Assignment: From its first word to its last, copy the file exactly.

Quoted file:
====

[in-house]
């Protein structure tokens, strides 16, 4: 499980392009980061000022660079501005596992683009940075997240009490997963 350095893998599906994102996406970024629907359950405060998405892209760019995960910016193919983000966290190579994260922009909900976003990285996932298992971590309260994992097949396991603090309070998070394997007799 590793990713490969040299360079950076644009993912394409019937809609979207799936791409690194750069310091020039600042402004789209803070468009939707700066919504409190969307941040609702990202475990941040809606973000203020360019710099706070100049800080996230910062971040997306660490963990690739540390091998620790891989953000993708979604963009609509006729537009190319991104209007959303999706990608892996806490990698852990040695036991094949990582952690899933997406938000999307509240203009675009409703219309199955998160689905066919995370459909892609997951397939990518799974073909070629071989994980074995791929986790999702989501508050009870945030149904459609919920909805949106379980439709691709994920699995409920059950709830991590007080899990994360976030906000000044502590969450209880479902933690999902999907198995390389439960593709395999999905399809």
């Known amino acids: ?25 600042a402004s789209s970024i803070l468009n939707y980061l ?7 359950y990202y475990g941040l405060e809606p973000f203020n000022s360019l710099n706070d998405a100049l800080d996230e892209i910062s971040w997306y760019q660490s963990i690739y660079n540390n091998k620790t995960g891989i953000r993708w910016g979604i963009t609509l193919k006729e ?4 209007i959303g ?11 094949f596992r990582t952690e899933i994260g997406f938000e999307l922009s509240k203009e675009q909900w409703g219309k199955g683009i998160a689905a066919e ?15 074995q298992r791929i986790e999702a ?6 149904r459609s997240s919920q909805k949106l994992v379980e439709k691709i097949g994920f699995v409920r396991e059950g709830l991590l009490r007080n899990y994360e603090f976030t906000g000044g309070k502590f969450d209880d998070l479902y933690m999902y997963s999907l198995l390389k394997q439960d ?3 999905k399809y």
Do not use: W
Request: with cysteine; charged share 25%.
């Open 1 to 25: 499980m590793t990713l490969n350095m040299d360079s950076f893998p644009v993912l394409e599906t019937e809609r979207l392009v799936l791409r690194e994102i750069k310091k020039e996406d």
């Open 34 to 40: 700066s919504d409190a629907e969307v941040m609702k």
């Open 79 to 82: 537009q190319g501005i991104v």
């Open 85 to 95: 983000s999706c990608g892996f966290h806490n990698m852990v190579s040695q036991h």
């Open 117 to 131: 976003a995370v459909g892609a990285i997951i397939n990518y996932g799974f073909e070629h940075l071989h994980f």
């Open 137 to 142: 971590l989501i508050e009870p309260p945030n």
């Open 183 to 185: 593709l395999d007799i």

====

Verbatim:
[in-house]
């Protein structure tokens, strides 16, 4: 499980392009980061000022660079501005596992683009940075997240009490997963 350095893998599906994102996406970024629907359950405060998405892209760019995960910016193919983000966290190579994260922009909900976003990285996932298992971590309260994992097949396991603090309070998070394997007799 590793990713490969040299360079950076644009993912394409019937809609979207799936791409690194750069310091020039600042402004789209803070468009939707700066919504409190969307941040609702990202475990941040809606973000203020360019710099706070100049800080996230910062971040997306660490963990690739540390091998620790891989953000993708979604963009609509006729537009190319991104209007959303999706990608892996806490990698852990040695036991094949990582952690899933997406938000999307509240203009675009409703219309199955998160689905066919995370459909892609997951397939990518799974073909070629071989994980074995791929986790999702989501508050009870945030149904459609919920909805949106379980439709691709994920699995409920059950709830991590007080899990994360976030906000000044502590969450209880479902933690999902999907198995390389439960593709395999999905399809």
């Known amino acids: ?25 600042a402004s789209s970024i803070l468009n939707y980061l ?7 359950y990202y475990g941040l405060e809606p973000f203020n000022s360019l710099n706070d998405a100049l800080d996230e892209i910062s971040w997306y760019q660490s963990i690739y660079n540390n091998k620790t995960g891989i953000r993708w910016g979604i963009t609509l193919k006729e ?4 209007i959303g ?11 094949f596992r990582t952690e899933i994260g997406f938000e999307l922009s509240k203009e675009q909900w409703g219309k199955g683009i998160a689905a066919e ?15 074995q298992r791929i986790e999702a ?6 149904r459609s997240s919920q909805k949106l994992v379980e439709k691709i097949g994920f699995v409920r396991e059950g709830l991590l009490r007080n899990y994360e603090f976030t906000g000044g309070k502590f969450d209880d998070l479902y933690m999902y997963s999907l198995l390389k394997q439960d ?3 999905k399809y």
Do not use: W
Request: with cysteine; charged share 25%.
């Open 1 to 25: 499980m590793t990713l490969n350095m040299d360079s950076f893998p644009v993912l394409e599906t019937e809609r979207l392009v799936l791409r690194e994102i750069k310091k020039e996406d």
């Open 34 to 40: 700066s919504d409190a629907e969307v941040m609702k």
């Open 79 to 82: 537009q190319g501005i991104v």
């Open 85 to 95: 983000s999706c990608g892996f966290h806490n990698m852990v190579s040695q036991h």
């Open 117 to 131: 976003a995370v459909g892609a990285i997951i397939n990518y996932g799974f073909e070629h940075l071989h994980f």
């Open 137 to 142: 971590l989501i508050e009870p309260p945030n």
């Open 183 to 185: 593709l395999d007799i």